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How Ransomware threatens the hospital

Amid the Covid-19 pandemic, the future implications of cyberattacks are frightening.

Several cybercrime organisations scrambled to convince people that during the Covid-19 pandemic they wouldn't threaten hospitals and other health care services. The operators of several popular ransomware strains all declared they would not attack hospitals, and some even offered to decrypt health care organizations data for free if one was mistakenly infected with their malware. But any cybersecurity technique that depends on the moral compunctions of criminals is doomed to fail, particularly in protecting hospitals' famously fragile information networks.


But it's no wonder that ransomware struck Universal Health Systems late last month, disrupting hundreds of the over 400 healthcare facilities across the U.S. and UK. Or that a related ransomware attack revealed in early October held up clinical trials for a Covid-19 vaccine. Or the loose-knit coalitions of volunteers nationwide are collaborating around the clock to try to secure medical information networks that are now straining under the pressures of delivering health care amid a global pandemic.

Amid the Covid-19 pandemic, the future results of these cyberattacks are frightening. Hospitals who have lost access to their computers or malware compromised their networks will not be able to accept patients in need of medication or may take longer to get the medication they require if they turn to paper records. Drug trials for life-saving pharmaceuticals can be postponed by weeks or months, depending on how long it takes to recover the damaged data and systems. Cybersecurity has never been more important to hospitals than today.

Hospitals were an increasingly common target for ransomware and other types of cyberattacks even before the pandemic, as they need to be able to work continuously, providing 24-hour patient care. Any disruption to their networks must be repaired as soon as practicable, rendering them prime targets for ransomware, where criminals vow to rebuild their services for cryptocurrency payments instantly.

Cyber attacks can also prove fatal: a woman in Germany died in a life-threatening condition last month after a hospital in Düsseldorf was unable to admit her due to a ransomware attack and had to rush her to a hospital 20 miles away. It was the first death that was specifically related to a cyberattack, and the timing was a reminder of how health care networks are extremely vulnerable at a time when many health centers are still struggling to fulfill their workforce and resources demands.

Unfortunately, cybersecurity was never a positive point for healthcare. Hospital networks are notoriously vulnerable due to a combination of insufficient funding, a lack of consistent and reliable cybersecurity protocols and a vast number of individuals and processes involved in running a hospital, many of which require some degree of connectivity to their network. Hospitals often rely on advanced surgical devices including ventilators and M.R.I. machines. Which ensures that if there is a security fix or software upgrade running on a hospital's servers, the hospital must first ensure that the upgrade does not conflict with its ability to connect to certain older devices before downloading it.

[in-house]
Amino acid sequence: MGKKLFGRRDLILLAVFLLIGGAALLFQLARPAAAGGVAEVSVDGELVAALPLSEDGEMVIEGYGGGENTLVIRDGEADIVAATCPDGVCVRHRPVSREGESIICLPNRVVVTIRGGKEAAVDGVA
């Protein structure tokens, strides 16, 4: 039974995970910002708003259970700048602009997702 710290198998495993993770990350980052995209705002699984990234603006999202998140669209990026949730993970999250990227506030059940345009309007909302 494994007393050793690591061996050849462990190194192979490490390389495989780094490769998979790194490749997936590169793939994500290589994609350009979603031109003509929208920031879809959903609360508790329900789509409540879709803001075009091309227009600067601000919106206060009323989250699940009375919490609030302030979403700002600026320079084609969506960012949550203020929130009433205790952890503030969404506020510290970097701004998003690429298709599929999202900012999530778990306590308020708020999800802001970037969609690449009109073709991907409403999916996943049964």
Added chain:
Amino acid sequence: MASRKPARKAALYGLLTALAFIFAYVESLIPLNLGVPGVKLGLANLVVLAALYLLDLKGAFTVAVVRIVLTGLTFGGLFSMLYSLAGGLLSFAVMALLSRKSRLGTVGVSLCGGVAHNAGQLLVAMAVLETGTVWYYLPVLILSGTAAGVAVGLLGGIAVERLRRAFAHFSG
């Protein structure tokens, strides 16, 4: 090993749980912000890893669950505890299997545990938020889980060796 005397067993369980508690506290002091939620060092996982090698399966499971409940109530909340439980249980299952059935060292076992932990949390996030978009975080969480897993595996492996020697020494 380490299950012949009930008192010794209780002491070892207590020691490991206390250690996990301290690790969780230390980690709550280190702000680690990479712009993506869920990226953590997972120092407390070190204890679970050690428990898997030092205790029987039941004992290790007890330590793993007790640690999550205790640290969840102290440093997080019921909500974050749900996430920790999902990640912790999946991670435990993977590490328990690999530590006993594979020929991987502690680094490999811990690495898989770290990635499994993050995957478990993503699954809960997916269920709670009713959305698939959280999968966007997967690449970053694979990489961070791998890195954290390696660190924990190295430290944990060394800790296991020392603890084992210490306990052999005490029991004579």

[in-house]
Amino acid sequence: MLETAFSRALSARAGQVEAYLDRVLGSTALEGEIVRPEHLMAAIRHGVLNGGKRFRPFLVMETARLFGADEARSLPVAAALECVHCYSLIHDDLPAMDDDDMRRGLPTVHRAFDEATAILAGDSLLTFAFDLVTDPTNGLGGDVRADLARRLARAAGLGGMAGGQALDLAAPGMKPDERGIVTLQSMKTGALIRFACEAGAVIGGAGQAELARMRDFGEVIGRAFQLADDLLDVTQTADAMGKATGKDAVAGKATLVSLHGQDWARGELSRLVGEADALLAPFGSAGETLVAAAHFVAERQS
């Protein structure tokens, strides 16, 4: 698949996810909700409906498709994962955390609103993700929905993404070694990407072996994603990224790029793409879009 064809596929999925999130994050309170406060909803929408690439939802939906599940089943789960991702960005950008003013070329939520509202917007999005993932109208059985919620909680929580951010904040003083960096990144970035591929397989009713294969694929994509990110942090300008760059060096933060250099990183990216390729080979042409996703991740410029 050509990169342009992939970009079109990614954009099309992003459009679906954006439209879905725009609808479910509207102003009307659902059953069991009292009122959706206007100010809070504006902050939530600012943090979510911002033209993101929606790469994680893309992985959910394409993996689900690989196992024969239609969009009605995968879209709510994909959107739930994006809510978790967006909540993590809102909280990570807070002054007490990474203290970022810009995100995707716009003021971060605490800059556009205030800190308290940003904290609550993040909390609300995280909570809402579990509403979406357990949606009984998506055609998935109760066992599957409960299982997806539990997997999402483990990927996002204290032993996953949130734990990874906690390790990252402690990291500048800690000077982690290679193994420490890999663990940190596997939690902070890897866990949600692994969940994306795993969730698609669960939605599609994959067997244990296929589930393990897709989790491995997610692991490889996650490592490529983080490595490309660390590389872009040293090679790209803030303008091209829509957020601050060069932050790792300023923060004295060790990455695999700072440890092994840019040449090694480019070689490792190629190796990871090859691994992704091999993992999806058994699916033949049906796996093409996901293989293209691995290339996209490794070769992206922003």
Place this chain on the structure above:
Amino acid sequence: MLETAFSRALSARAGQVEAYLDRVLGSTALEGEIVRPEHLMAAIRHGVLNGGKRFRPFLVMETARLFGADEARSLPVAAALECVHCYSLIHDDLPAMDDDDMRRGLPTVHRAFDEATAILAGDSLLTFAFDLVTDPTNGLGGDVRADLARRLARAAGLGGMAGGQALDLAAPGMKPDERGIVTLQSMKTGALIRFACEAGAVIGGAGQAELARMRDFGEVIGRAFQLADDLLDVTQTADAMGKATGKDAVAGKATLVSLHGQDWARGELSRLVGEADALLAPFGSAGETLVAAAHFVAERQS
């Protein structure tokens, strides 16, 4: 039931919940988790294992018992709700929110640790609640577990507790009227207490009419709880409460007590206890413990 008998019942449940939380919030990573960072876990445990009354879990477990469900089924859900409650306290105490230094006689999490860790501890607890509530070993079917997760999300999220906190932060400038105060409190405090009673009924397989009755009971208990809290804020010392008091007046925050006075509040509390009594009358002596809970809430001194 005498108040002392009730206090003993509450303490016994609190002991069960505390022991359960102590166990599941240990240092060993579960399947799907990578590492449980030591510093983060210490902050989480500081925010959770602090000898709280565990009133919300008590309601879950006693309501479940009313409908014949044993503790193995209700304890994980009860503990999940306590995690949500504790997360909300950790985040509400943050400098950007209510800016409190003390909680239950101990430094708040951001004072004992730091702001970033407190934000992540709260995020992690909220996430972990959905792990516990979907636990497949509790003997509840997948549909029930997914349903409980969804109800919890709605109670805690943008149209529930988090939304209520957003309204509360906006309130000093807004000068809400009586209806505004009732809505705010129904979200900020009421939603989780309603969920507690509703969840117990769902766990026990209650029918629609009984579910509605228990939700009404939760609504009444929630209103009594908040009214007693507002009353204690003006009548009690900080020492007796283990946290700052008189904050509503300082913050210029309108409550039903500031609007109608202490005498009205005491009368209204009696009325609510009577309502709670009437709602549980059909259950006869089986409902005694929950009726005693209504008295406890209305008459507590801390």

Updating advanced medical equipment to be compliant with safer software is often a slow or prohibitively costly undertaking, particularly when buying new devices. But recent attacks indicate that the effects of relying on outdated tech can be financially even more devastating: when the WannaCry ransomware struck Britain's National Health Service in 2017, the virus took advantage of a loophole that many N.H.S. machines were already operating. The N.H.S. claimed WannaCry 's direct I.T cost them 92 million British pounds, or around $118 million. Costs and productivity lost.

Any hospital and clinic should re-evaluate their computing networks right now and beef up their current security to prevent their services from being stolen by ransomware or confidential patient data. This would be a big obstacle at a time when many hospitals are failing financially and very few patients want elective medical procedures.

But cyber-security vulnerabilities in the healthcare sector need to be resolved now, more than ever, as medical care is increasingly being provided through remote, online formats and many hospital-intensive care units are already at capacity, with no opportunity to send patients to other hospitals if their networks are closed. Lawmakers, too, should explore ways to help the healthcare industry in their activities by providing grants to public hospitals for this purpose and establishing consistent safety criteria and specifications, ensuring that hospitals have good motivation to make much-needed changes and can do so.

This will be a critical aspect in learning from this pandemic on all the ways we need to do more in helping our hospitals and health care staff in the future: ensuring not only that they have the requisite resources and services and human capital, but also that they have safe information infrastructure that they will count on in times of crisis.